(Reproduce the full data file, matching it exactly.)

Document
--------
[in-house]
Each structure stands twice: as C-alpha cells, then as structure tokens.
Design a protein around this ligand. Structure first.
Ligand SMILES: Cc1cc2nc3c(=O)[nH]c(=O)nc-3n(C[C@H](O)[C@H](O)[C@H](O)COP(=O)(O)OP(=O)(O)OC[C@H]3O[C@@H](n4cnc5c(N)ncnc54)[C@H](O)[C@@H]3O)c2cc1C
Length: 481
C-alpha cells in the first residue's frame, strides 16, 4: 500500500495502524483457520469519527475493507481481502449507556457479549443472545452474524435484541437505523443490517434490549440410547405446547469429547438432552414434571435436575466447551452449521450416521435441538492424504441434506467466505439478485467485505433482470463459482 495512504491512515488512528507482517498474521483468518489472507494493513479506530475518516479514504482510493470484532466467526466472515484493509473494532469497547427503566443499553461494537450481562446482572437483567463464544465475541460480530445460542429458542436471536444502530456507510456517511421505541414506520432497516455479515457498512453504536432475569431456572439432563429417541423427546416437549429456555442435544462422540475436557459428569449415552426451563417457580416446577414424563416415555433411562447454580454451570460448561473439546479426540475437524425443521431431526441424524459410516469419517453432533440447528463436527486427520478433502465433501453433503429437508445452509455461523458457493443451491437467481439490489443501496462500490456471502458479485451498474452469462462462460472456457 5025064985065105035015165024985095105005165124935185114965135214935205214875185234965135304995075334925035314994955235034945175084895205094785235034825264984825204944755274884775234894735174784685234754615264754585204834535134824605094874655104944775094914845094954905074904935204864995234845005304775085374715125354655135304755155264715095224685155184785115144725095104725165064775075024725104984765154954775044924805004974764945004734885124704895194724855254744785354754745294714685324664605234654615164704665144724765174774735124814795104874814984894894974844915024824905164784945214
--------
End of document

[in-house]
Each structure stands twice: as C-alpha cells, then as structure tokens.
Design a protein around this ligand. Structure first.
Ligand SMILES: Cc1cc2nc3c(=O)[nH]c(=O)nc-3n(C[C@H](O)[C@H](O)[C@H](O)COP(=O)(O)OP(=O)(O)OC[C@H]3O[C@@H](n4cnc5c(N)ncnc54)[C@H](O)[C@@H]3O)c2cc1C
Length: 481
C-alpha cells in the first residue's frame, strides 16, 4: 500500500495502524483457520469519527475493507481481502449507556457479549443472545452474524435484541437505523443490517434490549440410547405446547469429547438432552414434571435436575466447551452449521450416521435441538492424504441434506467466505439478485467485505433482470463459482 495512504491512515488512528507482517498474521483468518489472507494493513479506530475518516479514504482510493470484532466467526466472515484493509473494532469497547427503566443499553461494537450481562446482572437483567463464544465475541460480530445460542429458542436471536444502530456507510456517511421505541414506520432497516455479515457498512453504536432475569431456572439432563429417541423427546416437549429456555442435544462422540475436557459428569449415552426451563417457580416446577414424563416415555433411562447454580454451570460448561473439546479426540475437524425443521431431526441424524459410516469419517453432533440447528463436527486427520478433502465433501453433503429437508445452509455461523458457493443451491437467481439490489443501496462500490456471502458479485451498474452469462462462460472456457 5025064985065105035015165024985095105005165124935185114965135214935205214875185234965135304995075334925035314994955235034945175084895205094785235034825264984825204944755274884775234894735174784685234754615264754585204834535134824605094874655104944775094914845094954905074904935204864995234845005304775085374715125354655135304755155264715095224685155184785115144725095104725165064775075024725104984765154954775044924805004974764945004734885124704895194724855254744785354754745294714685324664605234654615164704665144724765174774735124814795104874814984894894974844915024824905164784945214